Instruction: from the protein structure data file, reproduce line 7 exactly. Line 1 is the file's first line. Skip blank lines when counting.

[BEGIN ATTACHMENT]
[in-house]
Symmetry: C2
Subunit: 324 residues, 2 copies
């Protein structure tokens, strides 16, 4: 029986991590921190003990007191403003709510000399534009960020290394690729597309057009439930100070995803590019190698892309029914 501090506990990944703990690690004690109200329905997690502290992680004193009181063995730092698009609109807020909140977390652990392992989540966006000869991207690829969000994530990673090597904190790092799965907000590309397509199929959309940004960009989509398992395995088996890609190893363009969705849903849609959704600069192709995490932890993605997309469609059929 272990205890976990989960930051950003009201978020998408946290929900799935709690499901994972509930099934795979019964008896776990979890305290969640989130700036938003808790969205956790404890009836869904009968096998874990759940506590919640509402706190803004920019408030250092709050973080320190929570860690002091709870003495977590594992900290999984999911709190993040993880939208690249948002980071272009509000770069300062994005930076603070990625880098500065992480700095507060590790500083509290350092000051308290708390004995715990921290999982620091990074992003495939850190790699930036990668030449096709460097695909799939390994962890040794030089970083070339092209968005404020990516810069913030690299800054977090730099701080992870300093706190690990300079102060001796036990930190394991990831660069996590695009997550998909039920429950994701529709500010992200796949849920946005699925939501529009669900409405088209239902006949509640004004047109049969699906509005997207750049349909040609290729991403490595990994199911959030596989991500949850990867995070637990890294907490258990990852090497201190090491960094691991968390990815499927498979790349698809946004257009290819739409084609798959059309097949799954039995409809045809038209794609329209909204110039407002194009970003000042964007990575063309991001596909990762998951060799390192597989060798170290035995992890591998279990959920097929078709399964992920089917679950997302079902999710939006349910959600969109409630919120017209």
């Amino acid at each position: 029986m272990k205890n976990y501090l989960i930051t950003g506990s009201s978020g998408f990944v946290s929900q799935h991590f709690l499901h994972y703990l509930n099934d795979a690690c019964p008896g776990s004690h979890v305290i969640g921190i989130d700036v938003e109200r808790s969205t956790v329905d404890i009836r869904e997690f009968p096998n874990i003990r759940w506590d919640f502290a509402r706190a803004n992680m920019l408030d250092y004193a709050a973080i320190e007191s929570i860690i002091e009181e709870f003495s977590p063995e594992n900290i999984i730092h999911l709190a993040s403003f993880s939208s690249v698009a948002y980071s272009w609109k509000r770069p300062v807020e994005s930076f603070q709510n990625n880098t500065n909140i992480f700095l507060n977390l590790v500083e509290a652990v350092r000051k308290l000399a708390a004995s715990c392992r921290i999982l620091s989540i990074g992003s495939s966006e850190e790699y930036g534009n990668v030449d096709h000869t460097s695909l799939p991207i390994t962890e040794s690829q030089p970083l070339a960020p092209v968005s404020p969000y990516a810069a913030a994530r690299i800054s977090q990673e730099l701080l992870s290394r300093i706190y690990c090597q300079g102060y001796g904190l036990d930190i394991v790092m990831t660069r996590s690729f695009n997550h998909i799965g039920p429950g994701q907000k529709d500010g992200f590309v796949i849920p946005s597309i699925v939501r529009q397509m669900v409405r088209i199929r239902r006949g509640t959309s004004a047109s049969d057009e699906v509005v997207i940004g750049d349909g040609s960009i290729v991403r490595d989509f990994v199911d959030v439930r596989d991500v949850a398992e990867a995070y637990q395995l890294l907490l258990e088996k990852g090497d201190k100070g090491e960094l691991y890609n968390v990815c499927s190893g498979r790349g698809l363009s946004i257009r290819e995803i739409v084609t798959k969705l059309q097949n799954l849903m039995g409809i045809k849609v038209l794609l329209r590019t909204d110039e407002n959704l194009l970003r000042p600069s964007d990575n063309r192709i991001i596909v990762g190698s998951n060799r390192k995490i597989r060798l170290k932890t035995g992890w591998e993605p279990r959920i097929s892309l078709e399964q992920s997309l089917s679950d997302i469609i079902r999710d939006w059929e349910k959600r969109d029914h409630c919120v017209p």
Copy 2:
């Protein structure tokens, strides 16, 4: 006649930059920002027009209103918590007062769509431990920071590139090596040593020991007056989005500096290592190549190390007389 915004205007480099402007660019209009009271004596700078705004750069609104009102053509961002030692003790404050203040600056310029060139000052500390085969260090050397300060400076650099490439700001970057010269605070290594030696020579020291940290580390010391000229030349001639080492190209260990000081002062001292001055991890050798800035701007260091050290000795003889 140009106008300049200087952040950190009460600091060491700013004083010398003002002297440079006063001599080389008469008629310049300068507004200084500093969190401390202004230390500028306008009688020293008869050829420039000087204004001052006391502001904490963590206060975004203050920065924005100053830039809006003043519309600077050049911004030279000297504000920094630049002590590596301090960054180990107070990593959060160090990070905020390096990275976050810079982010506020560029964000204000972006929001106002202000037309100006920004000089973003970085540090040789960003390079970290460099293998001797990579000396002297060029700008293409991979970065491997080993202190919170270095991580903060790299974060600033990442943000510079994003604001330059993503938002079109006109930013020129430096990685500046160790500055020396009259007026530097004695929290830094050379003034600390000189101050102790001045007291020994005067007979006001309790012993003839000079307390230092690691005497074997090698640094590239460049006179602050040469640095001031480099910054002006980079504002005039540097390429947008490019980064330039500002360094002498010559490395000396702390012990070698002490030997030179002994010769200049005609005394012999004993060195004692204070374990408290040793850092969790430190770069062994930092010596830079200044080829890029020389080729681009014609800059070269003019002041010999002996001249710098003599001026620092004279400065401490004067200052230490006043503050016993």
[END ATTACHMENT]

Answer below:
């Protein structure tokens, strides 16, 4: 006649930059920002027009209103918590007062769509431990920071590139090596040593020991007056989005500096290592190549190390007389 915004205007480099402007660019209009009271004596700078705004750069609104009102053509961002030692003790404050203040600056310029060139000052500390085969260090050397300060400076650099490439700001970057010269605070290594030696020579020291940290580390010391000229030349001639080492190209260990000081002062001292001055991890050798800035701007260091050290000795003889 140009106008300049200087952040950190009460600091060491700013004083010398003002002297440079006063001599080389008469008629310049300068507004200084500093969190401390202004230390500028306008009688020293008869050829420039000087204004001052006391502001904490963590206060975004203050920065924005100053830039809006003043519309600077050049911004030279000297504000920094630049002590590596301090960054180990107070990593959060160090990070905020390096990275976050810079982010506020560029964000204000972006929001106002202000037309100006920004000089973003970085540090040789960003390079970290460099293998001797990579000396002297060029700008293409991979970065491997080993202190919170270095991580903060790299974060600033990442943000510079994003604001330059993503938002079109006109930013020129430096990685500046160790500055020396009259007026530097004695929290830094050379003034600390000189101050102790001045007291020994005067007979006001309790012993003839000079307390230092690691005497074997090698640094590239460049006179602050040469640095001031480099910054002006980079504002005039540097390429947008490019980064330039500002360094002498010559490395000396702390012990070698002490030997030179002994010769200049005609005394012999004993060195004692204070374990408290040793850092969790430190770069062994930092010596830079200044080829890029020389080729681009014609800059070269003019002041010999002996001249710098003599001026620092004279400065401490004067200052230490006043503050016993």